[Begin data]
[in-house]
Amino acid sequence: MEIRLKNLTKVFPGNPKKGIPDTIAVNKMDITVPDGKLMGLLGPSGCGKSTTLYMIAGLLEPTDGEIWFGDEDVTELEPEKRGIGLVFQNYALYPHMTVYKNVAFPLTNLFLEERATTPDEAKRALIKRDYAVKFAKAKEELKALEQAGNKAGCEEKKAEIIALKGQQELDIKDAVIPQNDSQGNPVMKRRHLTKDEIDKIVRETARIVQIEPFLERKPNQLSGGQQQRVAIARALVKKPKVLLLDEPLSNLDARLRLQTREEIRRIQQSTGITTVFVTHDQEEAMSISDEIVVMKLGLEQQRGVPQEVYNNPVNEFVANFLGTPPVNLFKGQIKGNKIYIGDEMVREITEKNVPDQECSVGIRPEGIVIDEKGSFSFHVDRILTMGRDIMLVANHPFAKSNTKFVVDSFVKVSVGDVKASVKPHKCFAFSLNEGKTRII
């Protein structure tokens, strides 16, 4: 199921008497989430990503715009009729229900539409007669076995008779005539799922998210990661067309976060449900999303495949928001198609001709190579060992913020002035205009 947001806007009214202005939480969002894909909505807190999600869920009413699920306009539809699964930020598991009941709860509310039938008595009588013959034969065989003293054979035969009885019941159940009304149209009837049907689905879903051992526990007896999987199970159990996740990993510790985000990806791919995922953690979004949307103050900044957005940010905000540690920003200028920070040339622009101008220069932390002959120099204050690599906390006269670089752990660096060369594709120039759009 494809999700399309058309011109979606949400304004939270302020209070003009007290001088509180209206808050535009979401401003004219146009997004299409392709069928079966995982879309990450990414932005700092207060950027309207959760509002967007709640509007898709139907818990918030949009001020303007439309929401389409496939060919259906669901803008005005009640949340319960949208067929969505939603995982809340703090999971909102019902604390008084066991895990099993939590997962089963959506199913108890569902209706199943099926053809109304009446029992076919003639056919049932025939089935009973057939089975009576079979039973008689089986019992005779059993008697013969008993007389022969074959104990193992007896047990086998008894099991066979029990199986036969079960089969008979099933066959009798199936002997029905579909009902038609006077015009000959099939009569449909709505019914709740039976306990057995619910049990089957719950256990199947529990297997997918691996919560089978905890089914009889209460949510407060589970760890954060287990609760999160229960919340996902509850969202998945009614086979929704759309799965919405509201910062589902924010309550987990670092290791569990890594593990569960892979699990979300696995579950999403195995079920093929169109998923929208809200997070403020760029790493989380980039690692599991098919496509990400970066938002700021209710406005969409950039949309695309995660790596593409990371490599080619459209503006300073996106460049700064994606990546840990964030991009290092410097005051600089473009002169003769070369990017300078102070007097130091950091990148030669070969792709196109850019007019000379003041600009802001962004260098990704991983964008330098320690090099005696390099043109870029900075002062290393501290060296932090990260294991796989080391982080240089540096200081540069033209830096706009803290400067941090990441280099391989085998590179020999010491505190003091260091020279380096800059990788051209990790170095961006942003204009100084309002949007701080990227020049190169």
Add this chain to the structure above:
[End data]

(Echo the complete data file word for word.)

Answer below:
[in-house]
Amino acid sequence: MEIRLKNLTKVFPGNPKKGIPDTIAVNKMDITVPDGKLMGLLGPSGCGKSTTLYMIAGLLEPTDGEIWFGDEDVTELEPEKRGIGLVFQNYALYPHMTVYKNVAFPLTNLFLEERATTPDEAKRALIKRDYAVKFAKAKEELKALEQAGNKAGCEEKKAEIIALKGQQELDIKDAVIPQNDSQGNPVMKRRHLTKDEIDKIVRETARIVQIEPFLERKPNQLSGGQQQRVAIARALVKKPKVLLLDEPLSNLDARLRLQTREEIRRIQQSTGITTVFVTHDQEEAMSISDEIVVMKLGLEQQRGVPQEVYNNPVNEFVANFLGTPPVNLFKGQIKGNKIYIGDEMVREITEKNVPDQECSVGIRPEGIVIDEKGSFSFHVDRILTMGRDIMLVANHPFAKSNTKFVVDSFVKVSVGDVKASVKPHKCFAFSLNEGKTRII
């Protein structure tokens, strides 16, 4: 199921008497989430990503715009009729229900539409007669076995008779005539799922998210990661067309976060449900999303495949928001198609001709190579060992913020002035205009 947001806007009214202005939480969002894909909505807190999600869920009413699920306009539809699964930020598991009941709860509310039938008595009588013959034969065989003293054979035969009885019941159940009304149209009837049907689905879903051992526990007896999987199970159990996740990993510790985000990806791919995922953690979004949307103050900044957005940010905000540690920003200028920070040339622009101008220069932390002959120099204050690599906390006269670089752990660096060369594709120039759009 494809999700399309058309011109979606949400304004939270302020209070003009007290001088509180209206808050535009979401401003004219146009997004299409392709069928079966995982879309990450990414932005700092207060950027309207959760509002967007709640509007898709139907818990918030949009001020303007439309929401389409496939060919259906669901803008005005009640949340319960949208067929969505939603995982809340703090999971909102019902604390008084066991895990099993939590997962089963959506199913108890569902209706199943099926053809109304009446029992076919003639056919049932025939089935009973057939089975009576079979039973008689089986019992005779059993008697013969008993007389022969074959104990193992007896047990086998008894099991066979029990199986036969079960089969008979099933066959009798199936002997029905579909009902038609006077015009000959099939009569449909709505019914709740039976306990057995619910049990089957719950256990199947529990297997997918691996919560089978905890089914009889209460949510407060589970760890954060287990609760999160229960919340996902509850969202998945009614086979929704759309799965919405509201910062589902924010309550987990670092290791569990890594593990569960892979699990979300696995579950999403195995079920093929169109998923929208809200997070403020760029790493989380980039690692599991098919496509990400970066938002700021209710406005969409950039949309695309995660790596593409990371490599080619459209503006300073996106460049700064994606990546840990964030991009290092410097005051600089473009002169003769070369990017300078102070007097130091950091990148030669070969792709196109850019007019000379003041600009802001962004260098990704991983964008330098320690090099005696390099043109870029900075002062290393501290060296932090990260294991796989080391982080240089540096200081540069033209830096706009803290400067941090990441280099391989085998590179020999010491505190003091260091020279380096800059990788051209990790170095961006942003204009100084309002949007701080990227020049190169």
Add this chain to the structure above: